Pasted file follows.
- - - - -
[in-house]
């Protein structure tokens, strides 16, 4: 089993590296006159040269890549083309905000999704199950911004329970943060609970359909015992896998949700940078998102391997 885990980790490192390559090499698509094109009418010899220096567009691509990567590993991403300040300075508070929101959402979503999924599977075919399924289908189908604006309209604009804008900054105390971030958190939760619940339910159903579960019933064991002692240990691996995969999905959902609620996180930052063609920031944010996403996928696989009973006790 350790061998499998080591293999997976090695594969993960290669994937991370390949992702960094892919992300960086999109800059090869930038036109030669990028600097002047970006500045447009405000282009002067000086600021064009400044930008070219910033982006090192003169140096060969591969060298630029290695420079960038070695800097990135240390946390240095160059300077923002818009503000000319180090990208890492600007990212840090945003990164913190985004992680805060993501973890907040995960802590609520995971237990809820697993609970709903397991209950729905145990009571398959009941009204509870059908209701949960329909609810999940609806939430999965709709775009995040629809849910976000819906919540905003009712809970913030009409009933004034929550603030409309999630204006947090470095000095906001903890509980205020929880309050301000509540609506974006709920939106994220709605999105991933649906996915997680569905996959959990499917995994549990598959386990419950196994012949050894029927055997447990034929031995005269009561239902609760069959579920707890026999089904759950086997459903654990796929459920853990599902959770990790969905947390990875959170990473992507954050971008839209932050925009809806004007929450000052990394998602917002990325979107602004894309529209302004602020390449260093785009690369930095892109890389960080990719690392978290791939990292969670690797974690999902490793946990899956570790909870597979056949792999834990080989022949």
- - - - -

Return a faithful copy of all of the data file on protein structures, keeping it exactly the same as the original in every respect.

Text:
[in-house]
């Protein structure tokens, strides 16, 4: 089993590296006159040269890549083309905000999704199950911004329970943060609970359909015992896998949700940078998102391997 885990980790490192390559090499698509094109009418010899220096567009691509990567590993991403300040300075508070929101959402979503999924599977075919399924289908189908604006309209604009804008900054105390971030958190939760619940339910159903579960019933064991002692240990691996995969999905959902609620996180930052063609920031944010996403996928696989009973006790 350790061998499998080591293999997976090695594969993960290669994937991370390949992702960094892919992300960086999109800059090869930038036109030669990028600097002047970006500045447009405000282009002067000086600021064009400044930008070219910033982006090192003169140096060969591969060298630029290695420079960038070695800097990135240390946390240095160059300077923002818009503000000319180090990208890492600007990212840090945003990164913190985004992680805060993501973890907040995960802590609520995971237990809820697993609970709903397991209950729905145990009571398959009941009204509870059908209701949960329909609810999940609806939430999965709709775009995040629809849910976000819906919540905003009712809970913030009409009933004034929550603030409309999630204006947090470095000095906001903890509980205020929880309050301000509540609506974006709920939106994220709605999105991933649906996915997680569905996959959990499917995994549990598959386990419950196994012949050894029927055997447990034929031995005269009561239902609760069959579920707890026999089904759950086997459903654990796929459920853990599902959770990790969905947390990875959170990473992507954050971008839209932050925009809806004007929450000052990394998602917002990325979107602004894309529209302004602020390449260093785009690369930095892109890389960080990719690392978290791939990292969670690797974690999902490793946990899956570790909870597979056949792999834990080989022949």